Local Parks Offer Safe Haven During Pandemic

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On October 5, Governor Larry Hogan announced that Maryland state parks had reported a record 17.1 million visitors so far in 2020. Due to the COVID-19 pandemic, particularly during the stay-at-home order, local and state governments encouraged residents to spend time outdoors. Similarly, the Anne Arundel County Department of Recreation and Parks offered local parks as a refuge to many families. At Kinder Farm Park in Millersville, this resulted in a 50 percent increase in attendance during 2020 with only three months left in the year.

“We’re seeing a lot of people who are visiting the park for the first time just out adventuring and looking for new places to go,” said Kinder Farm Park Superintendent Bradley Hunt.

The park has even seen an increase in county residents who have never been to the park and families from all over the state looking for something new.

“I think everybody just wanted to get outside and do things, and parks offer that,” said Hunt. “We have seen an explosion of people here. Even though buildings are closed, we have had a huge increase in people.”

On March 16, entry fees at all county parks were waived to encourage residents to get outside during the stay-at-home order. Hunt said this is when the attendance surged.

“They are seeing the county extend themselves, offering a safer place to go outside and social distance, rather than be cooped up inside a house on lockdown,” said Hunt. “It was great that the county was able to offer it to people for free for a while, and a lot of people took advantage of that.”

Attendance at Kinder Farm Park has remained consistently high after fees were reinstated on September 1. Even with the arrival of colder weather, the numbers are significantly higher than 2019. Hunt predicts that this could have something to do with virtual schooling.

“One kind of interesting thing is that with the kids being in virtual schooling right now, Wednesday is their free day, and we are seeing a ton of families and kids,” said Hunt.

Hunt believes that the county parks have been an important mental health outlet for people who are struggling with being cooped up in their houses.

“The county keeping parks open gave people a place to go and forget about the world for a while and relax,” said Hunt. “I think that's good for their physical and mental wellbeing.”

The Friends of Kinder Farm Park (FOKFP), a nonprofit organization that supports the park through fundraising, has also continued monthly meetings, though volunteers have had to limit attendance to board members only. The vice president of Friends of Kinder Farm Park, Karen Haghighi, said that since the pandemic, many large PayPal donations from community members have come through, as well as cash donations to the park’s “piggy bank,” a donation box that supports the Farm Education and Livestock Group, which cares for the animals. While they have not seen a similar spike in membership, the FOKFP are appreciative of donations, as many of the fundraising efforts have been canceled. FOKFP made the difficult decision early on to cancel all events for the duration of 2020. This included the Jingle Bell Hayride and the annual Fall Harvest Festival. Though many ideas have been tossed around, the group has not planned a holiday alternative.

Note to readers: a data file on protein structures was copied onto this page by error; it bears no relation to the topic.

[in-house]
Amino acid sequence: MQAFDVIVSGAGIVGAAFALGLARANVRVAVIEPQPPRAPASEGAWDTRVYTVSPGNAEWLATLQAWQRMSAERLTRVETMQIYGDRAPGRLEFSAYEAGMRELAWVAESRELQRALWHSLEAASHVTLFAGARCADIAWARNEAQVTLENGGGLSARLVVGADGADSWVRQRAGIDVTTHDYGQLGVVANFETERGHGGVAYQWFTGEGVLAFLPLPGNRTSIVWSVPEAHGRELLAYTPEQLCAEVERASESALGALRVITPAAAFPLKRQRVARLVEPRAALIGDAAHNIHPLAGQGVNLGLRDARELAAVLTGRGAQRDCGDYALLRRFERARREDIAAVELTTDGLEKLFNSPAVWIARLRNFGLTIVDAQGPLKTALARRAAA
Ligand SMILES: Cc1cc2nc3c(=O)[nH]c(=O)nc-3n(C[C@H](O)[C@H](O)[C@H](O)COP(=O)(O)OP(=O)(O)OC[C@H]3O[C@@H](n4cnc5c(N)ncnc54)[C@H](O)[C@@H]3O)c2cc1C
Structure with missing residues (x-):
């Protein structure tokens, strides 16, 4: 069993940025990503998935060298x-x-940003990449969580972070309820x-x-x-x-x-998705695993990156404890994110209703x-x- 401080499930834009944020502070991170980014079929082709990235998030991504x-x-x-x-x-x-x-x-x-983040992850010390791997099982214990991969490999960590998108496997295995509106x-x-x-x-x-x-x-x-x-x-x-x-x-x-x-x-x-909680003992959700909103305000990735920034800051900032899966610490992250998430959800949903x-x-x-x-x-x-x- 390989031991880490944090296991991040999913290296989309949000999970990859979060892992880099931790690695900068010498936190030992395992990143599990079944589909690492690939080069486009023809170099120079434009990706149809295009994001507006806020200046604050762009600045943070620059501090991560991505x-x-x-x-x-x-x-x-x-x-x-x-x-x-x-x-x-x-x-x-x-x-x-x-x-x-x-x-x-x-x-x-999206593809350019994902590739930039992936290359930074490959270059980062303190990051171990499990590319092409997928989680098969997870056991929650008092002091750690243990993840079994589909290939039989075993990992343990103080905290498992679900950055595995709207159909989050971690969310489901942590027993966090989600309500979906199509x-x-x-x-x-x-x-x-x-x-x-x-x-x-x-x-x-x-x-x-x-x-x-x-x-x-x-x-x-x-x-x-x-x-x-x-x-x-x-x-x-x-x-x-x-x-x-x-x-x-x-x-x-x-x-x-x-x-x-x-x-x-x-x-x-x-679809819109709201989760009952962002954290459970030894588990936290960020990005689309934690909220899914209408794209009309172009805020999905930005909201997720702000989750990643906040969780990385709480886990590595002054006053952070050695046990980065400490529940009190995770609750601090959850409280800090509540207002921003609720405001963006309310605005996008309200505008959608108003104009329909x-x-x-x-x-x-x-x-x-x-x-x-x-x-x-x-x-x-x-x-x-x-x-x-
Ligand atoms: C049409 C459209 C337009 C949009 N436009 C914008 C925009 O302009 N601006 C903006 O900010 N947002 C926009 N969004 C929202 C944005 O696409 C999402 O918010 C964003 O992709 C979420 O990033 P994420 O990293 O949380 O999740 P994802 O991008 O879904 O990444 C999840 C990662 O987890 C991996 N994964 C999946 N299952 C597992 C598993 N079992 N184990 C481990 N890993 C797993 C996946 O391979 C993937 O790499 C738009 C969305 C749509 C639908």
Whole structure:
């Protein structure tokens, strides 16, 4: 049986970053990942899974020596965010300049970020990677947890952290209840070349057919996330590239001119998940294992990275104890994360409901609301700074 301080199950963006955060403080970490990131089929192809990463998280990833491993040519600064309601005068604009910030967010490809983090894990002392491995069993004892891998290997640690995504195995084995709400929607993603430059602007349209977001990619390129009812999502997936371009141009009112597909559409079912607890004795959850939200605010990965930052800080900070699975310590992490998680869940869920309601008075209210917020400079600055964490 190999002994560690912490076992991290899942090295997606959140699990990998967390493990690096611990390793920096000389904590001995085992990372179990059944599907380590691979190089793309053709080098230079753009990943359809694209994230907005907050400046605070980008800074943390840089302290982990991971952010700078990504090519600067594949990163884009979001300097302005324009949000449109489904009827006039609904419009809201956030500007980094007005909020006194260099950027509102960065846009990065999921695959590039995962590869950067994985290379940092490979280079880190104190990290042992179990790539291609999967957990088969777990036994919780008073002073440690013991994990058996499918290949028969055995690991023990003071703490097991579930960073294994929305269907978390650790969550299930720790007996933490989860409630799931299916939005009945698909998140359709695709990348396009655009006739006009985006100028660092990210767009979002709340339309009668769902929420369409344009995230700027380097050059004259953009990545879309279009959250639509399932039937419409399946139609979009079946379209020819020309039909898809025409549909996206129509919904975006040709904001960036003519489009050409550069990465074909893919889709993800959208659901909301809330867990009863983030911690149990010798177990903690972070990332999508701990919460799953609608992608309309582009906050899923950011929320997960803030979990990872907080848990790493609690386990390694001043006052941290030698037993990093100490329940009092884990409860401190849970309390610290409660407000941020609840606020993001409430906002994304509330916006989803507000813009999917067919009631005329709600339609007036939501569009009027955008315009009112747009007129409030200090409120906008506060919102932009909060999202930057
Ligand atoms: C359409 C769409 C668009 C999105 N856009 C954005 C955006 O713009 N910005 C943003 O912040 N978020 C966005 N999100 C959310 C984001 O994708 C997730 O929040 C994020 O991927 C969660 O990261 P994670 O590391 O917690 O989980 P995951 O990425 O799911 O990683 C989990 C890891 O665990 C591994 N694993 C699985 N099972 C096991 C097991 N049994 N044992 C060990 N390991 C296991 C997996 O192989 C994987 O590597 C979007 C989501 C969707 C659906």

“Our creativity has been stifled,” said Haghighi. “We kept trying to use our imagination about how we could do certain things. As a group, we work so well together and we have a lot of good skillsets that we haven't been able to put together.”

Though the group is currently limited, FOKFP is hosting a food drive on December 5 to benefit SPAN. Food will be collected in the handmade sleigh that would have transported Mr. and Mrs. Claus during the Jingle Bell Hayride.

Both Haghighi and Hunt agree that the Anne Arundel County Department of Recreation and Parks served county residents in a difficult time, and this newfound appreciation for their local parks isn’t going anywhere. At the end of the pandemic, people will remember who helped them through it.

“I’m pretty convinced that if anything has come out of this pandemic for the parks, it's made them visible for people and it's brought new people in,” said Hunt. “I'm pretty confident that our attendance will either go higher or maintain the same.”

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